Want to run some back-of-the-napkin numbers on a rental investment? Or find your next city for long-distance real estate investing? Use gross rental multiplier (GRM) for a quick answer.
Gross rent multiplier offers a simple glimpse into the profitability of any investment property or city. Real estate investors can use a myriad of methods to value properties or forecast rental income. What makes gross rental multiplier unique is its speed and simplicity, which allow you to also use it to analyze and compare cities.
That simplicity comes at a cost however, as GRM makes a blunt instrument. Make sure you understand not just its uses, but also its limitations before relying too heavily on it.
What is Gross Rent Multiplier (GRM) in Real Estate?
Gross rent multiplier is the ratio between the value or price of a property and the gross annual rental income it creates through rent. Put another way, GRM tells you how many years it would take for the gross rental income to pay for the purchase price.
It makes a quick shorthand to calculate rental profitability. But it ignores all rental property expenses, which vary wildly across states, cities, neighborhoods, and properties.
How to Calculate GRM
To calculate GRM is quite simple. The formula is as follows:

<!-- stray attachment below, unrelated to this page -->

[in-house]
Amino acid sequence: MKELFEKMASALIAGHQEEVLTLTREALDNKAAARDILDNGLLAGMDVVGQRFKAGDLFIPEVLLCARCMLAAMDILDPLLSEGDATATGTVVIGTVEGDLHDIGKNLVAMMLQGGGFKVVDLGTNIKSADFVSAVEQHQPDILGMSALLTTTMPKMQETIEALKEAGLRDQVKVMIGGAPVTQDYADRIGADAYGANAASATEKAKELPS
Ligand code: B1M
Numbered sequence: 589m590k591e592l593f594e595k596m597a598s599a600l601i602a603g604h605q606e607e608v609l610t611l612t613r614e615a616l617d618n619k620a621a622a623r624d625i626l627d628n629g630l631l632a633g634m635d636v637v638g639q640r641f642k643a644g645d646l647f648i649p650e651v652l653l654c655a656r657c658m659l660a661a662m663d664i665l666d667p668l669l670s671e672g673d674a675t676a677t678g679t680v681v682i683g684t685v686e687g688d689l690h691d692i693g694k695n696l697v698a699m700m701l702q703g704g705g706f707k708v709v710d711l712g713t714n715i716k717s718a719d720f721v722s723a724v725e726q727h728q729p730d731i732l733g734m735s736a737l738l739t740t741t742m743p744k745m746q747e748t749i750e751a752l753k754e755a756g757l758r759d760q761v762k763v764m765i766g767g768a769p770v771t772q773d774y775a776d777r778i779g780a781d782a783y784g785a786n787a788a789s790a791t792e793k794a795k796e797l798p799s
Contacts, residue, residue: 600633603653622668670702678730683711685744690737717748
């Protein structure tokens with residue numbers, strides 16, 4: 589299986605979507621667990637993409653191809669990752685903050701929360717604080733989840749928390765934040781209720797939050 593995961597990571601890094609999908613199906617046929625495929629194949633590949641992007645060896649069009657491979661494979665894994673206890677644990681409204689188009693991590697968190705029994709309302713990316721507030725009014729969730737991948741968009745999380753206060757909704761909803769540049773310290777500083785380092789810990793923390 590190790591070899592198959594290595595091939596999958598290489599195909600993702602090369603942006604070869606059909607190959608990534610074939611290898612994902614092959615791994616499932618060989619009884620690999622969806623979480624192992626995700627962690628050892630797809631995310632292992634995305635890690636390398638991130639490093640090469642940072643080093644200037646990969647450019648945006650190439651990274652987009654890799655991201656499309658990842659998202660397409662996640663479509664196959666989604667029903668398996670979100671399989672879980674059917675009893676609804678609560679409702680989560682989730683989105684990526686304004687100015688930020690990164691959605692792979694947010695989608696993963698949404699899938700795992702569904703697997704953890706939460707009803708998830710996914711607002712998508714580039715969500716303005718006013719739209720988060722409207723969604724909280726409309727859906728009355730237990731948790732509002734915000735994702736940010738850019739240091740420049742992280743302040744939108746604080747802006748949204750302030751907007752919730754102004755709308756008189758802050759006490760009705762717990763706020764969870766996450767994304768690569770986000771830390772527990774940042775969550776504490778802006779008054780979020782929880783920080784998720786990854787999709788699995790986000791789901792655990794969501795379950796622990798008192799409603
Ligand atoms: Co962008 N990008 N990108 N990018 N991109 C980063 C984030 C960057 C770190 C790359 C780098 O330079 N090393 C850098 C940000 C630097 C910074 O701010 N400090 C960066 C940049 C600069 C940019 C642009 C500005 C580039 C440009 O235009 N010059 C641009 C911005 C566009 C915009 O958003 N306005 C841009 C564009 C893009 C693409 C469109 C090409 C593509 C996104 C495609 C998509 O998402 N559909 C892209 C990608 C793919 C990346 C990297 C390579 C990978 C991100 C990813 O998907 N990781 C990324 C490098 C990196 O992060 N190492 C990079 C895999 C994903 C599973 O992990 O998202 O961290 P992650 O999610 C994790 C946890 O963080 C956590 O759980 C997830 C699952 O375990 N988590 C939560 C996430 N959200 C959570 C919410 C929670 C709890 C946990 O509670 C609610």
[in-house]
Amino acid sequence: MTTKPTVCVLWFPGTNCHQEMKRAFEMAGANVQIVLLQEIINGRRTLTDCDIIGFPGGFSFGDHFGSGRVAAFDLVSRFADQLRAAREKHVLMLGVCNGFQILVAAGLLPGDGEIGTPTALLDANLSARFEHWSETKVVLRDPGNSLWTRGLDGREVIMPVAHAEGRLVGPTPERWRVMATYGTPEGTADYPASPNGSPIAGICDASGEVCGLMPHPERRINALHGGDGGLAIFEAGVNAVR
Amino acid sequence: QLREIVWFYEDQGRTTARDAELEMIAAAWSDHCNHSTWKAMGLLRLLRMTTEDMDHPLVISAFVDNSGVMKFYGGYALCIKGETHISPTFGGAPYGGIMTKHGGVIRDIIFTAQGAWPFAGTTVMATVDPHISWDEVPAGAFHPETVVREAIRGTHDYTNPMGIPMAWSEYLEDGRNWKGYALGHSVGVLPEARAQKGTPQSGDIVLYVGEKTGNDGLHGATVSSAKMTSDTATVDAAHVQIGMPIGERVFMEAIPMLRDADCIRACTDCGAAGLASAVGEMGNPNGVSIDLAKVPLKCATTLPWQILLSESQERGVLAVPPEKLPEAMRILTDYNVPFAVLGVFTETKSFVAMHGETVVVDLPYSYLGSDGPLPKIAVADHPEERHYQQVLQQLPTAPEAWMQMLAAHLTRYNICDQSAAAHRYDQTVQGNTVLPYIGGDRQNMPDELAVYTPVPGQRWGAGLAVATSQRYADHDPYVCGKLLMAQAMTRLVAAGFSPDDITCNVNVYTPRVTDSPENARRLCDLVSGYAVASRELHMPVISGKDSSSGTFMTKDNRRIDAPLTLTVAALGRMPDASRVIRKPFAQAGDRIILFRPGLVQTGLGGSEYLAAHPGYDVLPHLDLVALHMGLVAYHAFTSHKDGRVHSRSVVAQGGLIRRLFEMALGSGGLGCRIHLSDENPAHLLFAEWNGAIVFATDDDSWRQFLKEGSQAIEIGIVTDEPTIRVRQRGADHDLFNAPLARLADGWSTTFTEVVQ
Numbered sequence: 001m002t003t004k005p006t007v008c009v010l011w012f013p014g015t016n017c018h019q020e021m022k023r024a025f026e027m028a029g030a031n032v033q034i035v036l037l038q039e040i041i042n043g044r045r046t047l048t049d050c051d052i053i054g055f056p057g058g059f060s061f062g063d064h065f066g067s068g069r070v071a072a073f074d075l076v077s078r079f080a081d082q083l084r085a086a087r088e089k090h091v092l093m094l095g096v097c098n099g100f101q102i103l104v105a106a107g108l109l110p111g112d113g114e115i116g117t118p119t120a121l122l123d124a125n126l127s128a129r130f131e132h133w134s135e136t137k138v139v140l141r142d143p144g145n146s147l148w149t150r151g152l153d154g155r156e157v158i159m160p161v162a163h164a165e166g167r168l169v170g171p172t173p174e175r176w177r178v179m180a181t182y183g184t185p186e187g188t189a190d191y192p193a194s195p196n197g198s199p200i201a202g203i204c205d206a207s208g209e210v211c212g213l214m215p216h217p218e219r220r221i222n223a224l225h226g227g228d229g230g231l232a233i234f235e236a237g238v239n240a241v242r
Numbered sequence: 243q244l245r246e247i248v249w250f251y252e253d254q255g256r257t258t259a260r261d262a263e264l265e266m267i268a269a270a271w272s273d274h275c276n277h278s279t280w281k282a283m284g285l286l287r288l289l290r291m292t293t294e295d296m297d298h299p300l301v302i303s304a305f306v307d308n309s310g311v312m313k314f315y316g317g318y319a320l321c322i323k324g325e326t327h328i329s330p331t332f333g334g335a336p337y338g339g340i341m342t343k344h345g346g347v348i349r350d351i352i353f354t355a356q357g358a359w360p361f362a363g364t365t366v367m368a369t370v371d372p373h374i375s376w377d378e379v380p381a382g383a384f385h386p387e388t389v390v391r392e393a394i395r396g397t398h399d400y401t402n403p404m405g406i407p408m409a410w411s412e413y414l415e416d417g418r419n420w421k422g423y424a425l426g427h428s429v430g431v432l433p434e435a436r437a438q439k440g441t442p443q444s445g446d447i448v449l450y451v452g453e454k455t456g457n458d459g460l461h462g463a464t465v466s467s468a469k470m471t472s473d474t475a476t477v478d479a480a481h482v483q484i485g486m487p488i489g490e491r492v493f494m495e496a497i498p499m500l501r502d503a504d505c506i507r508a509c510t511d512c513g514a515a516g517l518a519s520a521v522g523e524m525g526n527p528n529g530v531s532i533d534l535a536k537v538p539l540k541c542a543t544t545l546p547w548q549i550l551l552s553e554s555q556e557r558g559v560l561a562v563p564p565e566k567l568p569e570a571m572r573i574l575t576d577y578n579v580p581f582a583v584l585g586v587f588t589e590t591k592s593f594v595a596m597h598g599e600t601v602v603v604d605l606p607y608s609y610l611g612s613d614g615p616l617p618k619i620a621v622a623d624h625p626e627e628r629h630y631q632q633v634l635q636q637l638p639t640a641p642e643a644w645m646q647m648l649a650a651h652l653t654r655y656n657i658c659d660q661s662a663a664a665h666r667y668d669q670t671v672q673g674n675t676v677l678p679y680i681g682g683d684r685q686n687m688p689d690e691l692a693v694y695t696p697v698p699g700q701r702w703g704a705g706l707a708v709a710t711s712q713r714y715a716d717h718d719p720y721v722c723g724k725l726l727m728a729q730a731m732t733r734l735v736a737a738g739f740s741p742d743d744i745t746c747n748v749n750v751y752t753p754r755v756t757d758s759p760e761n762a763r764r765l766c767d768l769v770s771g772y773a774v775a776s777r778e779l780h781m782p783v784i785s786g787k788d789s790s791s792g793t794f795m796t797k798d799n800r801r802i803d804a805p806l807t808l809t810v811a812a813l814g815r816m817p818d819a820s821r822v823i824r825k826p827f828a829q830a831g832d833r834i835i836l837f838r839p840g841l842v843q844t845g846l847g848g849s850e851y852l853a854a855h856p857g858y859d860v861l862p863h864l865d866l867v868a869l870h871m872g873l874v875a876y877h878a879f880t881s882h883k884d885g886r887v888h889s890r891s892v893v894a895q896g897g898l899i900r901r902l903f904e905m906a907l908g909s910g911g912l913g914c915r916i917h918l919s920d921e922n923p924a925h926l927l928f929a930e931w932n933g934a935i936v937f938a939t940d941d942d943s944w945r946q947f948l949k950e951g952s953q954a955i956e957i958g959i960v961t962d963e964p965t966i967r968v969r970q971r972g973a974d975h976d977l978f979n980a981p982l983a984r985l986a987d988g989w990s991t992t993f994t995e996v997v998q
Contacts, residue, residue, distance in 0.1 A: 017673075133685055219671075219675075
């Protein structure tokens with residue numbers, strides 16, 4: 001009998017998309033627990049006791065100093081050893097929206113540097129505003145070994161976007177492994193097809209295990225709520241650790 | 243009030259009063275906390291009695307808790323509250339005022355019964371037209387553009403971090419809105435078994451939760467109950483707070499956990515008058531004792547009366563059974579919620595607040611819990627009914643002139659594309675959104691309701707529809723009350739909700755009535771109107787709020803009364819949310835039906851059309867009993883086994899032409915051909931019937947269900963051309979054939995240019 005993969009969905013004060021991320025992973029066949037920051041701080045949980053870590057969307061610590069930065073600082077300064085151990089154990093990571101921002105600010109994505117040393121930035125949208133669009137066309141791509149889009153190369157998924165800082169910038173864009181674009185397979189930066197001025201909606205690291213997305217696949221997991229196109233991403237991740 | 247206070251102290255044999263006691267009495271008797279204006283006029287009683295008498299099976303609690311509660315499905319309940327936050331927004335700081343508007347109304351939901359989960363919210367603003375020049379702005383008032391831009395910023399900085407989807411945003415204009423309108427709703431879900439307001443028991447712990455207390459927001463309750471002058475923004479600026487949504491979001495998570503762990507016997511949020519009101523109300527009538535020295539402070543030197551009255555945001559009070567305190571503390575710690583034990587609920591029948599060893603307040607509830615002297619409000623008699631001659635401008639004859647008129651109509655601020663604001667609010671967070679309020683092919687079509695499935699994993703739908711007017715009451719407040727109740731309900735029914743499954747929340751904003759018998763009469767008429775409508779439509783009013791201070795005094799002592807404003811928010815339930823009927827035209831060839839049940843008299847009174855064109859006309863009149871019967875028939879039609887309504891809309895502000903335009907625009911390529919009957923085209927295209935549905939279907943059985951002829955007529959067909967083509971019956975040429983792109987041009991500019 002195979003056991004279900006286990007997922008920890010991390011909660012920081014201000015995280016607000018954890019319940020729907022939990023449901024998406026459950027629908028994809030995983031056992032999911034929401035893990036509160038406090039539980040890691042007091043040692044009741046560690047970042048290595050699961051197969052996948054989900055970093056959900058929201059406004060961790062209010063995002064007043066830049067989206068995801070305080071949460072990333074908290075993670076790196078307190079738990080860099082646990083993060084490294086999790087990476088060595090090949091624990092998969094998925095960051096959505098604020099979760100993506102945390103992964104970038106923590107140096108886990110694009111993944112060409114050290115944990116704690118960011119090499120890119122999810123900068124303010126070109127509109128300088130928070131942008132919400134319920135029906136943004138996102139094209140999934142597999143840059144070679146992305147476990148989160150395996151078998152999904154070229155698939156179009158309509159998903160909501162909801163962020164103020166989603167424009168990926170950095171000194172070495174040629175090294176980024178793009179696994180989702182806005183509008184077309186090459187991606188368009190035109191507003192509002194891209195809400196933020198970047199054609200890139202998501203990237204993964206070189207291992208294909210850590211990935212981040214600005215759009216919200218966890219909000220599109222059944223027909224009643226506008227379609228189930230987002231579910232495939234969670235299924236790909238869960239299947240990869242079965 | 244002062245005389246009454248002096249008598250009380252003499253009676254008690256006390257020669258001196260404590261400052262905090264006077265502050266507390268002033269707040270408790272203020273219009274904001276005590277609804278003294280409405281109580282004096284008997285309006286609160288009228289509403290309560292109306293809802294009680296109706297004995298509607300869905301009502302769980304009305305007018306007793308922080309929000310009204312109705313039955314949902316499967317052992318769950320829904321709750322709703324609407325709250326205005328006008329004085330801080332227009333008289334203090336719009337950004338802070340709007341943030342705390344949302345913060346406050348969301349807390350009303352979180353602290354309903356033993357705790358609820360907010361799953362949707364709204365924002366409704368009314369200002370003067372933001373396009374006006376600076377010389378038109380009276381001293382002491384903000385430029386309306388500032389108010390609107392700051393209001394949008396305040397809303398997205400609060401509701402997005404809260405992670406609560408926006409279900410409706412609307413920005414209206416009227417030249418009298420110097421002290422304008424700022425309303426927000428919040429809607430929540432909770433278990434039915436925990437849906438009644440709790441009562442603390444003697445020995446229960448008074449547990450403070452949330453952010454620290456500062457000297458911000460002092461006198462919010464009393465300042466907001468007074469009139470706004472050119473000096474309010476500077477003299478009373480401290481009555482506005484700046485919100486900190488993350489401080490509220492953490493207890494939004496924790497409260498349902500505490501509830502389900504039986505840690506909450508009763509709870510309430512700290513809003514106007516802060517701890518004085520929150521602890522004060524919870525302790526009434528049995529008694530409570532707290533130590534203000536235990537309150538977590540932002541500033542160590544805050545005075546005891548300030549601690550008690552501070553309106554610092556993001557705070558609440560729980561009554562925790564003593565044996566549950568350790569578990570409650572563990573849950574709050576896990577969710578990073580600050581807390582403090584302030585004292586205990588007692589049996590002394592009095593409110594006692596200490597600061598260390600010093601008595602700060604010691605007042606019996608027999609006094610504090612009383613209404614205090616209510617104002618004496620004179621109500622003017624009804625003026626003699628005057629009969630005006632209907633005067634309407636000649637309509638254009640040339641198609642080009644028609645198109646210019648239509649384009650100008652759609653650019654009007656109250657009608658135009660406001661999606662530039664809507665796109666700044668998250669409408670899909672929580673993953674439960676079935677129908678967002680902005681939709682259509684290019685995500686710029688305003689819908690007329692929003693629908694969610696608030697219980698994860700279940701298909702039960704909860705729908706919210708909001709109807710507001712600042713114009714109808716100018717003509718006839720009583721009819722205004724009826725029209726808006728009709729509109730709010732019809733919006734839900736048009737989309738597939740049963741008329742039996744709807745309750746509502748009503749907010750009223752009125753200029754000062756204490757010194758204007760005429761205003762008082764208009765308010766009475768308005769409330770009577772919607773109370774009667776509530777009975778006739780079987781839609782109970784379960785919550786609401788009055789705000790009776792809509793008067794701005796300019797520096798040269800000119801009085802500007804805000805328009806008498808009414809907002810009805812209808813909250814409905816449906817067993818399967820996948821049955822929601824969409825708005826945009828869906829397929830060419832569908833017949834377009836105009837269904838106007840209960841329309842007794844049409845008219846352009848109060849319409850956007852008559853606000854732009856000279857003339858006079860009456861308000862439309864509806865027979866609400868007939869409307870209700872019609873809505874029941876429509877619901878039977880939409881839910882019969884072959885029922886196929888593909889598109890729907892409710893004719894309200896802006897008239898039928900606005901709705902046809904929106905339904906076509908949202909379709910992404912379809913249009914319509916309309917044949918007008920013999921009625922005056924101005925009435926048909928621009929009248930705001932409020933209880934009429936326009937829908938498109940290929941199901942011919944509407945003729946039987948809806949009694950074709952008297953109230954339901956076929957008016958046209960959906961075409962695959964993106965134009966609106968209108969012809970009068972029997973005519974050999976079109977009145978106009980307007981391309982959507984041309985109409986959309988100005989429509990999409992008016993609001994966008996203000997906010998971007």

GRM = Price of Property/Gross Annual Rental Income
Say Sam has his eyes on a property that costs $300,000. The property rents for $3,000/month, for a gross annual rent of $36,000.
$300,000 Property Value / $36,000 Annual Rental Income = 8.33 GRM
What does that mean? The GRM gives an estimate for how long it will take a property to pay for itself. In this example, it will take 8.3 years for Sam to pay off the property. Bear in mind that the GRM formula does not include other rental expenses such as property taxes, vacancy rate, and insurance.
Yes, GRM is one of the easiest calculations in real estate investing. But that doesn’t mean a free GRM calculator wouldn’t make your life easier.
Bookmark this page to use our free GRM calculator any time.
Remember, a lower GRM means it would take fewer years for a property to pay for itself (on paper at least). Lower is definitely better for gross rent multiplier!
Uses of Gross Rent Multiplier
In addition to providing a quick price/rent ratio for a prospective property, GRM comes with a few other uses.
It helps you identify the fair market value of a property, if you know the GRM for similar properties in the area. You can invert the formula like this:
Typical Property Value = Rental Income x GRM
Revisiting the example above, Sam knows the gross annual rental income, and the typical GRM for the neighborhood: the number of years it typically takes to pay off area properties. With that information, he can calculate and identify what a fair market value for the property would be.
$36,000 Rental Income x 8.33 GRM = $300,000 Value (rounded)
Likewise, you can use the GRM formula to determine fair rent. If you want to determine what the rent should be on a given property, you must know the fair market value:
Rental Income = Price of Property / GRM
In this scenario, Sam knows the GRM and the price of the property. This calculation determines a fair renting price.
$300,000 Property Value / 8.33 GRM = $36,000 Rental Income
By taking the price of the property and dividing by the years that the property should pay for itself, Sam is given an estimate to what he should make annually from his renters.